UPDATE 1-U.N. committee calls for end to excessive electronic spying

Tue Nov 26, 2013 2:09pm EST
 
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* Language weakened to appease Five Eyes spying group

* U.S. says respects privacy rights online and offline

* North Korea: Broad spying "an insult, very unbearable" (Adds diplomat quotes, details, paragraphs 3, 6-7, 9-17)

By Michelle Nichols

UNITED NATIONS, Nov 26 (Reuters) - A U.N. General Assembly committee on Tuesday called for an end to excessive electronic surveillance and expressed concern at the harm such scrutiny, including spying in foreign states and the mass collection of personal data, may have on human rights.

The U.N. General Assembly's Third Committee, which deals with human rights issues, adopted the German and Brazilian-drafted resolution by consensus. It is expected to be put to a vote in the 193-member General Assembly next month.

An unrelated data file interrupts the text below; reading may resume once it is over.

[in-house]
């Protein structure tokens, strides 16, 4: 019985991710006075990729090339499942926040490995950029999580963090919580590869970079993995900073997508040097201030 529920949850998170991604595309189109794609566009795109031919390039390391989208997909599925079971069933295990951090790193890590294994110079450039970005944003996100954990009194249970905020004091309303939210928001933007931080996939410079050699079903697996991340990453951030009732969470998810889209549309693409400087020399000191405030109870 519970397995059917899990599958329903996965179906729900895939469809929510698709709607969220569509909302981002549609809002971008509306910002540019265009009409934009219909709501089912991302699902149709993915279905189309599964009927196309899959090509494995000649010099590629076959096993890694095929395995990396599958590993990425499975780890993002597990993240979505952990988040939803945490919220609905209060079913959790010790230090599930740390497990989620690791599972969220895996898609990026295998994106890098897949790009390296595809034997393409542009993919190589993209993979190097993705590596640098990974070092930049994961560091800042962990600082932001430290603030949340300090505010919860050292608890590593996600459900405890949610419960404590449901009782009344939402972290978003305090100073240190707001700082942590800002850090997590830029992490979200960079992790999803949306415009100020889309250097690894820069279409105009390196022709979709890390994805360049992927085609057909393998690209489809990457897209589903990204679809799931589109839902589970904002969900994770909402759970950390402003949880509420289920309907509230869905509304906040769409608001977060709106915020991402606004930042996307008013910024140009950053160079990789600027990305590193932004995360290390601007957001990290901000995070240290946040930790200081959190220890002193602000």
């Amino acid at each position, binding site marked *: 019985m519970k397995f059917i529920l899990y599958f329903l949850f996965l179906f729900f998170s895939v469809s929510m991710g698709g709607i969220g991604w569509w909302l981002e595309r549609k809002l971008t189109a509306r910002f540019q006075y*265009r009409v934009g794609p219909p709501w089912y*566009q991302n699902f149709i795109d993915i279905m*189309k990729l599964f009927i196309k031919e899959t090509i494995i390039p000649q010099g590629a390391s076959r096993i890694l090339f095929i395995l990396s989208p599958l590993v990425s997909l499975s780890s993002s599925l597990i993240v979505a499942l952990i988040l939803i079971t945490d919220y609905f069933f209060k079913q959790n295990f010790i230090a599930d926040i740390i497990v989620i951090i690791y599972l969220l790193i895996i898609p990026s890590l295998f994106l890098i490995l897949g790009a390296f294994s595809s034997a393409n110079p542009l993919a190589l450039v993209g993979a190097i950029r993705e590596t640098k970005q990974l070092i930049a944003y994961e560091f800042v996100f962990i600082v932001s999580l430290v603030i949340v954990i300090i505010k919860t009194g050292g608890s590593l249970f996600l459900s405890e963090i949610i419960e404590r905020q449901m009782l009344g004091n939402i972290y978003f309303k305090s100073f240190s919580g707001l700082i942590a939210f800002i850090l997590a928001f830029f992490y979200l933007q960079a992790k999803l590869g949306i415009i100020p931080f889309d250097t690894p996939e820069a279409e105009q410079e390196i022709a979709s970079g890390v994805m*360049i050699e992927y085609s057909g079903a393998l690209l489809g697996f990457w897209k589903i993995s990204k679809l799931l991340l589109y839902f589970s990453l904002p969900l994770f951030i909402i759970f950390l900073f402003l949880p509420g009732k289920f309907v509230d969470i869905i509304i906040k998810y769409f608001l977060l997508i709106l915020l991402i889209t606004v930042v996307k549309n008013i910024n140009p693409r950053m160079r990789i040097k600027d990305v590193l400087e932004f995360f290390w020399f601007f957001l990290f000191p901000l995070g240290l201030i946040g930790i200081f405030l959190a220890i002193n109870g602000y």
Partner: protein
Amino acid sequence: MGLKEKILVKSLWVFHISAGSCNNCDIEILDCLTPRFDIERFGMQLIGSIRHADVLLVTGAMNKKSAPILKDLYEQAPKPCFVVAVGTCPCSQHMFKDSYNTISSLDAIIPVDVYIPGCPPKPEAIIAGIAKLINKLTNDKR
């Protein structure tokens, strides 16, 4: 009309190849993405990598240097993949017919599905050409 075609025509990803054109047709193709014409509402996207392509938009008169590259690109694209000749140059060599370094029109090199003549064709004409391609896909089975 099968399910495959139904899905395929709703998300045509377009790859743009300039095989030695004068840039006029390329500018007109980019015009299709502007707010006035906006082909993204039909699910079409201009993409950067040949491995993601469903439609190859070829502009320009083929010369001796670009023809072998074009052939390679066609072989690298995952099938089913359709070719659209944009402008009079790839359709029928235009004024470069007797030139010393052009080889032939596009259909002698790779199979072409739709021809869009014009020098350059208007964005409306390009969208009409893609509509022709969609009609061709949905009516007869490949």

"For the first time in the framework of the United Nations this resolution unequivocally states that the same rights that people have offline must also be protected online," German U.N. Ambassador Peter Wittig told the committee.

The United States, Britain, Australia, Canada and New Zealand - known as the Five Eyes surveillance alliance - supported the draft resolution after language that had initially suggested foreign spying could be a human rights violation was weakened to appease them.

The draft text does not name specific countries but comes after former U.S. National Security Agency contractor Edward Snowden released details this year of a global spying program by the NSA, sparking international outrage.   Continued...